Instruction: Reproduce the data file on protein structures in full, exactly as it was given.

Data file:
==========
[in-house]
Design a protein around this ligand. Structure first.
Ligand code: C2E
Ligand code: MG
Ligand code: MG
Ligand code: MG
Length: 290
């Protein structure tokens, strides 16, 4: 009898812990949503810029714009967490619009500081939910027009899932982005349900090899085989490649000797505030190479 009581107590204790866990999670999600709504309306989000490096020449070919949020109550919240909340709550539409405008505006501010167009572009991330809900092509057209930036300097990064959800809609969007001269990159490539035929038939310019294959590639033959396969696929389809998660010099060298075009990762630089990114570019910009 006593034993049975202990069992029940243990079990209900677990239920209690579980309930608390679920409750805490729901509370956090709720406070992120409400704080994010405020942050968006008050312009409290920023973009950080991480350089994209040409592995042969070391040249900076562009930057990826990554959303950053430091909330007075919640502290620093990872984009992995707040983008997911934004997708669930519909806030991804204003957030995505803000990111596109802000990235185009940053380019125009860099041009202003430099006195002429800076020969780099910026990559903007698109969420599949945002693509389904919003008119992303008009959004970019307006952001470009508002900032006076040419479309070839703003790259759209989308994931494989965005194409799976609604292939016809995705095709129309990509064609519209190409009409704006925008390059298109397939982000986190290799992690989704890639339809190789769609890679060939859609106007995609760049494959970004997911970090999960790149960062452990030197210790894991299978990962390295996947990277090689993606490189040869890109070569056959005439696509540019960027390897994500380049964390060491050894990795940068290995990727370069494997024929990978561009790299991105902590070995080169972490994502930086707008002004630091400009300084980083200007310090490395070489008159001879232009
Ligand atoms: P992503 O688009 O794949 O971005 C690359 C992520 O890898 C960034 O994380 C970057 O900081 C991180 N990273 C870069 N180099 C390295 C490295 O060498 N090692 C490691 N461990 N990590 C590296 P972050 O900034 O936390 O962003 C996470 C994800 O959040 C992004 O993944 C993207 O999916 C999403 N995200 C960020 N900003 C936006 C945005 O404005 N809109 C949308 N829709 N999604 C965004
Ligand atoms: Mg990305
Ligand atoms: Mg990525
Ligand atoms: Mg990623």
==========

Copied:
[in-house]
Design a protein around this ligand. Structure first.
Ligand code: C2E
Ligand code: MG
Ligand code: MG
Ligand code: MG
Length: 290
């Protein structure tokens, strides 16, 4: 009898812990949503810029714009967490619009500081939910027009899932982005349900090899085989490649000797505030190479 009581107590204790866990999670999600709504309306989000490096020449070919949020109550919240909340709550539409405008505006501010167009572009991330809900092509057209930036300097990064959800809609969007001269990159490539035929038939310019294959590639033959396969696929389809998660010099060298075009990762630089990114570019910009 006593034993049975202990069992029940243990079990209900677990239920209690579980309930608390679920409750805490729901509370956090709720406070992120409400704080994010405020942050968006008050312009409290920023973009950080991480350089994209040409592995042969070391040249900076562009930057990826990554959303950053430091909330007075919640502290620093990872984009992995707040983008997911934004997708669930519909806030991804204003957030995505803000990111596109802000990235185009940053380019125009860099041009202003430099006195002429800076020969780099910026990559903007698109969420599949945002693509389904919003008119992303008009959004970019307006952001470009508002900032006076040419479309070839703003790259759209989308994931494989965005194409799976609604292939016809995705095709129309990509064609519209190409009409704006925008390059298109397939982000986190290799992690989704890639339809190789769609890679060939859609106007995609760049494959970004997911970090999960790149960062452990030197210790894991299978990962390295996947990277090689993606490189040869890109070569056959005439696509540019960027390897994500380049964390060491050894990795940068290995990727370069494997024929990978561009790299991105902590070995080169972490994502930086707008002004630091400009300084980083200007310090490395070489008159001879232009
Ligand atoms: P992503 O688009 O794949 O971005 C690359 C992520 O890898 C960034 O994380 C970057 O900081 C991180 N990273 C870069 N180099 C390295 C490295 O060498 N090692 C490691 N461990 N990590 C590296 P972050 O900034 O936390 O962003 C996470 C994800 O959040 C992004 O993944 C993207 O999916 C999403 N995200 C960020 N900003 C936006 C945005 O404005 N809109 C949308 N829709 N999604 C965004
Ligand atoms: Mg990305
Ligand atoms: Mg990525
Ligand atoms: Mg990623």